What are fungi? Some of these organisms are too small to see with the human eye. Some, like the honey fungus, are amongst the largest organisms on the planet. Fungi are all around us, in bread, in beer, and even in the walls of your home. This diverse class of organisms is able to survive almost everywhere on planet earth. The root of their ability to survive so well is in part due to their life cycle. But what exactly takes place in the fungi life cycle?
The Kingdom Fungi
Understanding ‘what’ fungi are will first require us to understand their place within the rest of all life on earth. Historically, biology has relied on a system of classification developed by the scientist Robert Whittaker in the middle of the 20th century. Under this system, all life was first split into prokaryotes and eukaryotes – the distinction being the latter possess ‘membrane-bound organelles’ like nuclei and mitochondria. From there, prokaryotes split into two kingdoms, Archaebacteria, and Eubacteria. Slightly more complicated, Eukarya are split into four kingdoms, which will sound much more familiar: Protista, Plantae, Animalia, and Fungi. The chart below will help you to visualize what we’re talking about.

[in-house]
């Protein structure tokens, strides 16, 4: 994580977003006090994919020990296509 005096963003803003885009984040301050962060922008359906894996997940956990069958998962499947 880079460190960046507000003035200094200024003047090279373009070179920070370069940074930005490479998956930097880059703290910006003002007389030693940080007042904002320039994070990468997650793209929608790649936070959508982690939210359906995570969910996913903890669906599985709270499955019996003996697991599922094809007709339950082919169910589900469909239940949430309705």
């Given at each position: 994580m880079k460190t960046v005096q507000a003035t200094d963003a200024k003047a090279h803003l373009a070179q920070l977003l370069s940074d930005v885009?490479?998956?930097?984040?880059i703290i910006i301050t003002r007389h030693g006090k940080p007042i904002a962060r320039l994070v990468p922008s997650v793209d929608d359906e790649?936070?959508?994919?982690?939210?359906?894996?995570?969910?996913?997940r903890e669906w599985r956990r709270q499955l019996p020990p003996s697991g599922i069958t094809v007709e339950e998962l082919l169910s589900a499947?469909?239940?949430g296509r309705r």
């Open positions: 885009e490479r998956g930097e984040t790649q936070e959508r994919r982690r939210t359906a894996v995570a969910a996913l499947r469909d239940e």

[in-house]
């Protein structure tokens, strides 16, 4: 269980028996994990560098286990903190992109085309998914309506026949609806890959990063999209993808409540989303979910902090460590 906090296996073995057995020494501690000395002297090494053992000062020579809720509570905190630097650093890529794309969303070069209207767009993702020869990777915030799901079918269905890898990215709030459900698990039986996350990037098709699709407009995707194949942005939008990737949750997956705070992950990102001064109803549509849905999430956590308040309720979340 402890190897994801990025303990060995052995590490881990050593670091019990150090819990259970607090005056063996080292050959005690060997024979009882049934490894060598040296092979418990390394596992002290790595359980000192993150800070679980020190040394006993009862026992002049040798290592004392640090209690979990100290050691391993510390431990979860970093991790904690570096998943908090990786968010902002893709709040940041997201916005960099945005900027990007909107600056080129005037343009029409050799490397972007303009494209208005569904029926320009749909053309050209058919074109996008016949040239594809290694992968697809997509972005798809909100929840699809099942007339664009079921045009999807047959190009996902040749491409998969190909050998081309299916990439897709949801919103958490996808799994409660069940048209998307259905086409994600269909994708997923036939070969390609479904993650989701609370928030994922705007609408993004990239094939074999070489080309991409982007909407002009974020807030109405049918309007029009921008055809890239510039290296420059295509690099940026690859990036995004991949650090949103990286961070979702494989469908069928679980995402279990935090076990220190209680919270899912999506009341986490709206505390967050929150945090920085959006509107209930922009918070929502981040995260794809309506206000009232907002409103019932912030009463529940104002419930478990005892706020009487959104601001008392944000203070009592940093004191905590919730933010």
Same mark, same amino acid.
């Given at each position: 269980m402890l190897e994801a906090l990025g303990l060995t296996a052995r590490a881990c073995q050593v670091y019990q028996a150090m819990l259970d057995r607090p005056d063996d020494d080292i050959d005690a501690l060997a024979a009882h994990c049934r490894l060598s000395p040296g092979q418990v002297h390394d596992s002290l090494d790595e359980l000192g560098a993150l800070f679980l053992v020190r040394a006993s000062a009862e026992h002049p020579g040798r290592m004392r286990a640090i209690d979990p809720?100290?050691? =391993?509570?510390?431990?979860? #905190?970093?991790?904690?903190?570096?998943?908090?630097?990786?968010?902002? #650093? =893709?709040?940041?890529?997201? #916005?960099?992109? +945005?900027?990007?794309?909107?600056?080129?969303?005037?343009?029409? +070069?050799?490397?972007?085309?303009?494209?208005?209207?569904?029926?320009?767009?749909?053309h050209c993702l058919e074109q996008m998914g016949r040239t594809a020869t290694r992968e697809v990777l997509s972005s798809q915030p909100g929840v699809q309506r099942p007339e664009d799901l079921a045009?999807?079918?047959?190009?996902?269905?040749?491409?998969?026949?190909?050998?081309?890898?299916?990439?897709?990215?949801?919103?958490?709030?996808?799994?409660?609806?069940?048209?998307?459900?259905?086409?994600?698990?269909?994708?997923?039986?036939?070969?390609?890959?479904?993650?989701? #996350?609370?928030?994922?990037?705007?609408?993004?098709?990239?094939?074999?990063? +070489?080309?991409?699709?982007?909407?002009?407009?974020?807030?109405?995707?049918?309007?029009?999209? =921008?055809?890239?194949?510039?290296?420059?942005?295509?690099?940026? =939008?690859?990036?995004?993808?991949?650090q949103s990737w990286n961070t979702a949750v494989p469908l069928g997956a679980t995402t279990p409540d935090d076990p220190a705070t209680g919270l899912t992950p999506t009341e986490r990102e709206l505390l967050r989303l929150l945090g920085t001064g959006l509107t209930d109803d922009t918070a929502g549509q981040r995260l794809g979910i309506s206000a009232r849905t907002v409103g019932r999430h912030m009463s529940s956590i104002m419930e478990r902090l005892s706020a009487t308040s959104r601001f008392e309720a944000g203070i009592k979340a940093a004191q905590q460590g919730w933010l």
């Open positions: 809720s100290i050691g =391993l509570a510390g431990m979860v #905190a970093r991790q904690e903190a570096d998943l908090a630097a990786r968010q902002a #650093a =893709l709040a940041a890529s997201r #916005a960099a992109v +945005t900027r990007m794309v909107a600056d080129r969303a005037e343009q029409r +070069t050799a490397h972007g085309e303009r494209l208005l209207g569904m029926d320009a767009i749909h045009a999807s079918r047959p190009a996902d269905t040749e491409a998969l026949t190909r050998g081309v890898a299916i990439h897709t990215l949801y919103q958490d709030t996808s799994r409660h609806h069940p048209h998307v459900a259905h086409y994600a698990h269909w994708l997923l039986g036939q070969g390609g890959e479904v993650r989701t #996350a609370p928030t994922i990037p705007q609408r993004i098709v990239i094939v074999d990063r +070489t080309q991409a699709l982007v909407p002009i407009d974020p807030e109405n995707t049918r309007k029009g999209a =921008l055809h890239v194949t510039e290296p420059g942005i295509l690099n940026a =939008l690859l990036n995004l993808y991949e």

This system is changing, though. Starting in the early 21st century, biologists started to adopt a newer, more detailed version of the tree of life. This new system divides all of eukarya into six different groups. One of those groups, Opisthokonta, contains all true fungi as well as us, Animalia! Look below to compare these two systems. For our purposes, we’ll refer to all fungi as a single ‘kingdom’ as they still are classified as a single group.
Classification of Fungi
Fungi are an extremely diverse kingdom. The easiest way to digest their diversity is to break them down into four large groups: Chytridiomycota (chytrids), Zygomycota (bread molds), Ascomycota (yeasts and sac fungi), and Basidiomycota (club fungi). These divisions are largely based on how each of these groups reproduces, but we’ll get to that later. First, let’s take a look at what each of these entails.